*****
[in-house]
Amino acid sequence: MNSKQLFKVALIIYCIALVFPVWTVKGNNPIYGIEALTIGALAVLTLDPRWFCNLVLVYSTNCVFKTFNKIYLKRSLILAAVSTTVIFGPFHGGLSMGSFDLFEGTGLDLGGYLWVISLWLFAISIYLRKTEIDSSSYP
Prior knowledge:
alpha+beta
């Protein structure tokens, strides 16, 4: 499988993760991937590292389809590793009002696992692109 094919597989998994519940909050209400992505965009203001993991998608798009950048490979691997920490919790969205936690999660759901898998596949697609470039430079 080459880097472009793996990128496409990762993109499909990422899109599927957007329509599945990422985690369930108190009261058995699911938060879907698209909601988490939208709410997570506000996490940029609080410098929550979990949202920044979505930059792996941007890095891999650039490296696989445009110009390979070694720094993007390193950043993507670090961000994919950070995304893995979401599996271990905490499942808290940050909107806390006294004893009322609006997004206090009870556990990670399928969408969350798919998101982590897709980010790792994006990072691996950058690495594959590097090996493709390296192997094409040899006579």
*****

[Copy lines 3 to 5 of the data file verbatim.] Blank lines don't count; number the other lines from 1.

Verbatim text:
Prior knowledge:
alpha+beta
């Protein structure tokens, strides 16, 4: 499988993760991937590292389809590793009002696992692109 094919597989998994519940909050209400992505965009203001993991998608798009950048490979691997920490919790969205936690999660759901898998596949697609470039430079 080459880097472009793996990128496409990762993109499909990422899109599927957007329509599945990422985690369930108190009261058995699911938060879907698209909601988490939208709410997570506000996490940029609080410098929550979990949202920044979505930059792996941007890095891999650039490296696989445009110009390979070694720094993007390193950043993507670090961000994919950070995304893995979401599996271990905490499942808290940050909107806390006294004893009322609006997004206090009870556990990670399928969408969350798919998101982590897709980010790792994006990072691996950058690495594959590097090996493709390296192997094409040899006579």